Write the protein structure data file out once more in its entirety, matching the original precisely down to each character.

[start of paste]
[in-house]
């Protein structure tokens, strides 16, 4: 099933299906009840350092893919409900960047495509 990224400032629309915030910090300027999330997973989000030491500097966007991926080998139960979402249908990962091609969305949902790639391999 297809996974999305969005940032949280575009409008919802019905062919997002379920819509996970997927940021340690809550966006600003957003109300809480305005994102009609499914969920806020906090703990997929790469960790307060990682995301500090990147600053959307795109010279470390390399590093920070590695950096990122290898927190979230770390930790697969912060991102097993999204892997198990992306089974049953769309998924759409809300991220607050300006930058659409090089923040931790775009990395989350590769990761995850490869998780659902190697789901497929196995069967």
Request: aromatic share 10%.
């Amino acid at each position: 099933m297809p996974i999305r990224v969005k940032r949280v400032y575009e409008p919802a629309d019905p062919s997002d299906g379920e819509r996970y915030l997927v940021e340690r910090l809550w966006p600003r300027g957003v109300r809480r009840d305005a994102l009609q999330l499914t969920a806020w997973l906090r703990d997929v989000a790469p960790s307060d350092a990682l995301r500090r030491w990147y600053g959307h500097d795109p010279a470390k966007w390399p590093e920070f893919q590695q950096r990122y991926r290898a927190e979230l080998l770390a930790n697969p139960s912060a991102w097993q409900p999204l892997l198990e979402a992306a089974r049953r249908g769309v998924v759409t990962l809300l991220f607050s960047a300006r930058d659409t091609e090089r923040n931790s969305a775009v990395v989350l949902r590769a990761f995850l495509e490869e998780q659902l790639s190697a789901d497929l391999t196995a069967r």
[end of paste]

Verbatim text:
[in-house]
């Protein structure tokens, strides 16, 4: 099933299906009840350092893919409900960047495509 990224400032629309915030910090300027999330997973989000030491500097966007991926080998139960979402249908990962091609969305949902790639391999 297809996974999305969005940032949280575009409008919802019905062919997002379920819509996970997927940021340690809550966006600003957003109300809480305005994102009609499914969920806020906090703990997929790469960790307060990682995301500090990147600053959307795109010279470390390399590093920070590695950096990122290898927190979230770390930790697969912060991102097993999204892997198990992306089974049953769309998924759409809300991220607050300006930058659409090089923040931790775009990395989350590769990761995850490869998780659902190697789901497929196995069967």
Request: aromatic share 10%.
């Amino acid at each position: 099933m297809p996974i999305r990224v969005k940032r949280v400032y575009e409008p919802a629309d019905p062919s997002d299906g379920e819509r996970y915030l997927v940021e340690r910090l809550w966006p600003r300027g957003v109300r809480r009840d305005a994102l009609q999330l499914t969920a806020w997973l906090r703990d997929v989000a790469p960790s307060d350092a990682l995301r500090r030491w990147y600053g959307h500097d795109p010279a470390k966007w390399p590093e920070f893919q590695q950096r990122y991926r290898a927190e979230l080998l770390a930790n697969p139960s912060a991102w097993q409900p999204l892997l198990e979402a992306a089974r049953r249908g769309v998924v759409t990962l809300l991220f607050s960047a300006r930058d659409t091609e090089r923040n931790s969305a775009v990395v989350l949902r590769a990761f995850l495509e490869e998780q659902l790639s190697a789901d497929l391999t196995a069967r």